Is it time to re-think the labels we use for gender identity? Coaching and leadership expert Christine Locher challenges traditional social stereotypes that she believes are over-generalised and outdated.
“So, have you decided yet?” I get this question a lot. There is nothing to decide. I remember my first gender identity conversation at the age of five in a Catholic Kindergarten in rural Southern Germany. That did not go well.
I got told to not “move like a boy” as I wasn’t one, and got put in my place. On the other side of the room, with the girls. None of this made any sense to me. Neither one nor the other. I was just being me. In a play room that was cut in half with the construction corner for the boys and the dolls’ corner for the girls, there was nowhere for me to go.
I’m over 40 now, and on occasion, this still happens although the play rooms have since got bigger and have tables and chairs. Gender comes in a variety of denominations, and that might make sense to you – or not. The discussion however remains largely binary, and data is usually inaccurate by not offering people safe or meaningful options to properly self-declare. This means, part of the picture is missing.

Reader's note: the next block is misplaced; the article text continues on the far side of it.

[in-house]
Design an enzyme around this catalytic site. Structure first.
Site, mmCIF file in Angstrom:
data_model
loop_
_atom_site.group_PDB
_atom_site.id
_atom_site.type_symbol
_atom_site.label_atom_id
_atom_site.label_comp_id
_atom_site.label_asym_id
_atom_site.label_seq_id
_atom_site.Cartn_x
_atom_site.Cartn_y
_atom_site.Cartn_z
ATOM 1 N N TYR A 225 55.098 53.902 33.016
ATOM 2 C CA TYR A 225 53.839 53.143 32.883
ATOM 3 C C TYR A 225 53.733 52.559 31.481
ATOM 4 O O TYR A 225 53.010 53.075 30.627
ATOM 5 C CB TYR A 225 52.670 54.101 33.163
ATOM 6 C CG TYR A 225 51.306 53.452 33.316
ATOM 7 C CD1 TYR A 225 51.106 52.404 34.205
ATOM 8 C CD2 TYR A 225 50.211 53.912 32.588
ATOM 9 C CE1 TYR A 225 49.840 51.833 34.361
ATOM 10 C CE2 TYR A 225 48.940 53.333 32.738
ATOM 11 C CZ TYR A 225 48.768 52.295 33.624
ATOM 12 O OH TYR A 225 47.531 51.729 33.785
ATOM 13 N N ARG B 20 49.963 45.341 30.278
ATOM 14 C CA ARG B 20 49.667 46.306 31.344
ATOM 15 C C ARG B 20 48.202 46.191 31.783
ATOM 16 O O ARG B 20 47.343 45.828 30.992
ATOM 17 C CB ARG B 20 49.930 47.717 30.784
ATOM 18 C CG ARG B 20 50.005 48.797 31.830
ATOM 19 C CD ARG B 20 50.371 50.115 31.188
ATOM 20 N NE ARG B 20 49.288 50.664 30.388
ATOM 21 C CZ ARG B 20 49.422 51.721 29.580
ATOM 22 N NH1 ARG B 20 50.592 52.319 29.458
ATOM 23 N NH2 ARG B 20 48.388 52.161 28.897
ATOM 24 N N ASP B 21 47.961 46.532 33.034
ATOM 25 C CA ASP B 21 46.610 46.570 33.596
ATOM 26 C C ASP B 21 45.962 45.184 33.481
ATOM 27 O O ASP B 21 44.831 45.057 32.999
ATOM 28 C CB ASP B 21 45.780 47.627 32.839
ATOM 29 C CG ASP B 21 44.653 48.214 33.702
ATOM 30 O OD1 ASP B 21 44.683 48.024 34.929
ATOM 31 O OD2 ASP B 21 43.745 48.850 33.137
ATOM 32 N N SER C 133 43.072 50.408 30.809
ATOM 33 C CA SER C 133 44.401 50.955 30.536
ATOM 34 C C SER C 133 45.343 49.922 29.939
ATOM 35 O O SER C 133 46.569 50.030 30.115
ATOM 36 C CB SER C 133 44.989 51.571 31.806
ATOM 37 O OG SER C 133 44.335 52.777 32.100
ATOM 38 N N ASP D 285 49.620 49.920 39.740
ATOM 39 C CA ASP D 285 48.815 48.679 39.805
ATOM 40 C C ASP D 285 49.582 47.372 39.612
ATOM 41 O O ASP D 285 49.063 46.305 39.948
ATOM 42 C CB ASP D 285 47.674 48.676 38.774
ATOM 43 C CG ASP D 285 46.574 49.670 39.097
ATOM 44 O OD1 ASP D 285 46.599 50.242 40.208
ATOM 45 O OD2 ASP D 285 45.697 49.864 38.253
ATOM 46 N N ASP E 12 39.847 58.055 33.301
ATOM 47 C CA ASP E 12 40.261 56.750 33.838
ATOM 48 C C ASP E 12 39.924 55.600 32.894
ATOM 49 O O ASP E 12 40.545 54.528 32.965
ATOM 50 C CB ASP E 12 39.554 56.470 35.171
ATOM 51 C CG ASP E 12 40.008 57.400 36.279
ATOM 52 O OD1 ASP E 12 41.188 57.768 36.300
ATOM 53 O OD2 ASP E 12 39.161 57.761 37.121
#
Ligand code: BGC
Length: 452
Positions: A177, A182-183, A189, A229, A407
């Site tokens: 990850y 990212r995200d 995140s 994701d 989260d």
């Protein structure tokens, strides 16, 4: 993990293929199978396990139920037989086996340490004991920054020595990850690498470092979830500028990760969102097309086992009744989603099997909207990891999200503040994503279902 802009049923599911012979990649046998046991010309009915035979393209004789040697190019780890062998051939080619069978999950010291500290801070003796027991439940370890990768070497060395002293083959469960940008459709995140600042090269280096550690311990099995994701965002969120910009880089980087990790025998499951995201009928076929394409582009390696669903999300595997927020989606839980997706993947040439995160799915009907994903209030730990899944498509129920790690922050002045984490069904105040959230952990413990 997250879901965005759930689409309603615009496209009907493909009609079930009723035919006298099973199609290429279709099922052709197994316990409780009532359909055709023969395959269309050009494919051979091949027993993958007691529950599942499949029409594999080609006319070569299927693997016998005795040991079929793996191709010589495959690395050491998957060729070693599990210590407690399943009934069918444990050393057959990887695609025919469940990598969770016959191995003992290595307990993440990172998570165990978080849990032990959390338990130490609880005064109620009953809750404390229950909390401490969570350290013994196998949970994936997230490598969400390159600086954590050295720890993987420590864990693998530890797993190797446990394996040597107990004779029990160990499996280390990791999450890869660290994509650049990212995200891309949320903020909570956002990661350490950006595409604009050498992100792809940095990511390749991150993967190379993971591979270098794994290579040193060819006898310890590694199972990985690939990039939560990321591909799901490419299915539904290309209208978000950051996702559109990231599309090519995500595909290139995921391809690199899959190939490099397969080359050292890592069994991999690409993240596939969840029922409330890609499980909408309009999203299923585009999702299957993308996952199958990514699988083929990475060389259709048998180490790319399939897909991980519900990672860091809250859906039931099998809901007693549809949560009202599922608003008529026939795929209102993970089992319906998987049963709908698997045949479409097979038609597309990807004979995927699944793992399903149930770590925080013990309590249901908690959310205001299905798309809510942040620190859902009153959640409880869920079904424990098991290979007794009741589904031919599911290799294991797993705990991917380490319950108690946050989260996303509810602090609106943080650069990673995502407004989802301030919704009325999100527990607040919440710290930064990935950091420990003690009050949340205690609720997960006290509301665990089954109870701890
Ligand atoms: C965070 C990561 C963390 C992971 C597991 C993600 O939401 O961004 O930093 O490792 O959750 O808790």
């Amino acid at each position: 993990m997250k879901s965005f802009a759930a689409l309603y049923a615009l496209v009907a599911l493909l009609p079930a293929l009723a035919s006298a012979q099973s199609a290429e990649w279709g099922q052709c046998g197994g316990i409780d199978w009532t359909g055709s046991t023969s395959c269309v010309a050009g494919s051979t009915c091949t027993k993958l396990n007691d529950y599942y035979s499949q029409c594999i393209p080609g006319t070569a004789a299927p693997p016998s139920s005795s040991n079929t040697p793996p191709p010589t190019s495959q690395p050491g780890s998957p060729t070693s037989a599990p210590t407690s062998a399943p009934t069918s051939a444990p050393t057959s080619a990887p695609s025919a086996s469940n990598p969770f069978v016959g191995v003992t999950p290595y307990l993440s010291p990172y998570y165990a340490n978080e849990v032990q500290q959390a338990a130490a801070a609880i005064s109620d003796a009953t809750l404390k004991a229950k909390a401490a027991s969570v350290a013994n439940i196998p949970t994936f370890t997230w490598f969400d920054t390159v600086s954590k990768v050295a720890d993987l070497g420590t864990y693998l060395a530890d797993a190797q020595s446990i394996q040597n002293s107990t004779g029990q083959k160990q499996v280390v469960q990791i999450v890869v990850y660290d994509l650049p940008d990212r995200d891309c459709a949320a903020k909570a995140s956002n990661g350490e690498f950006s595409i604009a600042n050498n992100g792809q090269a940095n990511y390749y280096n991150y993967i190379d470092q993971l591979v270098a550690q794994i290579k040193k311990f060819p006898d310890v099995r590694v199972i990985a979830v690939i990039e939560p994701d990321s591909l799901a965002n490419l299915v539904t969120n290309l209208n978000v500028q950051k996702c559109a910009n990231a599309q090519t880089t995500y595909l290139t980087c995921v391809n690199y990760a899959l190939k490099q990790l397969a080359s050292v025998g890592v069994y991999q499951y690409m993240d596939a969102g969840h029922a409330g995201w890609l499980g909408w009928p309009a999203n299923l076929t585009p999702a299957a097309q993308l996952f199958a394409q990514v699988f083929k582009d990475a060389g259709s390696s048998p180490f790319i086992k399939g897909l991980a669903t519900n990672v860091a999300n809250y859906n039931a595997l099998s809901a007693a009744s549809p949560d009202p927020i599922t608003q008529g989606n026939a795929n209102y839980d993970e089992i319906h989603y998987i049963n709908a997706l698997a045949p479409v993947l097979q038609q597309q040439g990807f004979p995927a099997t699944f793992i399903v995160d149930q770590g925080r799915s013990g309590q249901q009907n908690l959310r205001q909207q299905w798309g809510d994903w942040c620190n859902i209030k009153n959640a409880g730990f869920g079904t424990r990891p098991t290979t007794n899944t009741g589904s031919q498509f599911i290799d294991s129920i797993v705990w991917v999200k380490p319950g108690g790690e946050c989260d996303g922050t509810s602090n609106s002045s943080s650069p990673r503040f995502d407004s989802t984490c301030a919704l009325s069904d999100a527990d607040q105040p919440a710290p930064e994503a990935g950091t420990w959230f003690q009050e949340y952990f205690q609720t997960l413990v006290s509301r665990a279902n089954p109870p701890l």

Two big options are neat, they make the world look more manageable. That is tempting. This also lends itself to pitching one group against the other. As we crave clarity, we resent the “misfits”, people that challenge our neat groupings, we take them personal.
So, let’s loosen up the binary a little bit. Imagine a square where option A (e.g. female) is in the bottom left corner. Option B (e.g. male) is in the top right. So far, so familiar. Now let’s imagine the top left corner represents “both”. And now imagine the bottom right corner to represent “neither”. And now imagine a spot outside that square that represents “something different entirely”.
With all these options: What might that feel like? What would you lose? What would you gain? What would that make possible? What challenges would that create, for the person and for their surroundings? What would a person there need?
You might want to stop and take a moment, walk yourself through these options and connect on an emotional level. Use this like a form of mental yoga, a stretch that might help you get “unstuck” and open up a whole new set of ideas and perspectives, and a deeper empathy with people different from you. As the saying goes, all frameworks are wrong. Some are useful. I’d hope this is one of the useful ones, it is called “Tetralemma”. Actual conversations will then help to bring that to life. In a world that is increasingly polarized, developing this kind of practice is the greatest gift – to yourself and to everyone else.
Christine works in coaching and leadership development and is a writer. She supports individuals and growing businesses to bring values to life, building a culture and on making better decisions. She recently launched the book “Values-based: Career and Life Decisions that make Sense”. Christine is a Fellow of the RSA and the Learning and Performance Institute. She identifies as nonbinary, somewhere between “both” and “neither”.
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